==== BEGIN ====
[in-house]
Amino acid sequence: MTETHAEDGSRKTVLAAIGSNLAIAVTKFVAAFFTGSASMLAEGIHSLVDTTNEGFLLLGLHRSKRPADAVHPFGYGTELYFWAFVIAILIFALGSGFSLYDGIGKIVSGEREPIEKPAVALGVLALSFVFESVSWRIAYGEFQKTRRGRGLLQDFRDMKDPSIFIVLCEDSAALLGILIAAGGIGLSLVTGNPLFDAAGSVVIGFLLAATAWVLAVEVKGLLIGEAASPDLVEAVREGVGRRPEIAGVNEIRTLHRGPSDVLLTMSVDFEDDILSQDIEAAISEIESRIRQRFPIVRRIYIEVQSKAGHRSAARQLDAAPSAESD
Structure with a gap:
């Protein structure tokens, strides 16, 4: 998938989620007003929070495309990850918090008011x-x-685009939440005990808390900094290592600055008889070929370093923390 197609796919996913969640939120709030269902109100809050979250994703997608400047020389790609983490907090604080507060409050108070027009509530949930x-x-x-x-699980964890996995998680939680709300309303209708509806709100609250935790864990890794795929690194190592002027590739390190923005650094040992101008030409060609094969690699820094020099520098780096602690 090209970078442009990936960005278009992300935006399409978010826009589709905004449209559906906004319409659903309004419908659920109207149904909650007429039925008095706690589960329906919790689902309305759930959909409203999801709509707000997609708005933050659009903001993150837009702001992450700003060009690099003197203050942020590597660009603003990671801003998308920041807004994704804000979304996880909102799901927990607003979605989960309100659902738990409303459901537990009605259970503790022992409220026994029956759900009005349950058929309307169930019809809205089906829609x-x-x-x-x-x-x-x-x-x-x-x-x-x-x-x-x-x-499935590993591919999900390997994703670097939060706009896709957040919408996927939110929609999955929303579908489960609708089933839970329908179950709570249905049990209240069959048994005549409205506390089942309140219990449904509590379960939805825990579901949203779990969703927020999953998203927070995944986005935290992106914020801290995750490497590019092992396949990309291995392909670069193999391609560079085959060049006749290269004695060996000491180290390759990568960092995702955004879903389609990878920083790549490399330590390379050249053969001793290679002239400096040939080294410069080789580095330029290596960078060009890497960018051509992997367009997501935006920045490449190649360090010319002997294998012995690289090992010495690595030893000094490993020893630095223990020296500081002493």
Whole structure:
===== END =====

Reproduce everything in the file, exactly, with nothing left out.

[in-house]
Amino acid sequence: MTETHAEDGSRKTVLAAIGSNLAIAVTKFVAAFFTGSASMLAEGIHSLVDTTNEGFLLLGLHRSKRPADAVHPFGYGTELYFWAFVIAILIFALGSGFSLYDGIGKIVSGEREPIEKPAVALGVLALSFVFESVSWRIAYGEFQKTRRGRGLLQDFRDMKDPSIFIVLCEDSAALLGILIAAGGIGLSLVTGNPLFDAAGSVVIGFLLAATAWVLAVEVKGLLIGEAASPDLVEAVREGVGRRPEIAGVNEIRTLHRGPSDVLLTMSVDFEDDILSQDIEAAISEIESRIRQRFPIVRRIYIEVQSKAGHRSAARQLDAAPSAESD
Structure with a gap:
């Protein structure tokens, strides 16, 4: 998938989620007003929070495309990850918090008011x-x-685009939440005990808390900094290592600055008889070929370093923390 197609796919996913969640939120709030269902109100809050979250994703997608400047020389790609983490907090604080507060409050108070027009509530949930x-x-x-x-699980964890996995998680939680709300309303209708509806709100609250935790864990890794795929690194190592002027590739390190923005650094040992101008030409060609094969690699820094020099520098780096602690 090209970078442009990936960005278009992300935006399409978010826009589709905004449209559906906004319409659903309004419908659920109207149904909650007429039925008095706690589960329906919790689902309305759930959909409203999801709509707000997609708005933050659009903001993150837009702001992450700003060009690099003197203050942020590597660009603003990671801003998308920041807004994704804000979304996880909102799901927990607003979605989960309100659902738990409303459901537990009605259970503790022992409220026994029956759900009005349950058929309307169930019809809205089906829609x-x-x-x-x-x-x-x-x-x-x-x-x-x-x-x-x-x-499935590993591919999900390997994703670097939060706009896709957040919408996927939110929609999955929303579908489960609708089933839970329908179950709570249905049990209240069959048994005549409205506390089942309140219990449904509590379960939805825990579901949203779990969703927020999953998203927070995944986005935290992106914020801290995750490497590019092992396949990309291995392909670069193999391609560079085959060049006749290269004695060996000491180290390759990568960092995702955004879903389609990878920083790549490399330590390379050249053969001793290679002239400096040939080294410069080789580095330029290596960078060009890497960018051509992997367009997501935006920045490449190649360090010319002997294998012995690289090992010495690595030893000094490993020893630095223990020296500081002493």
Whole structure: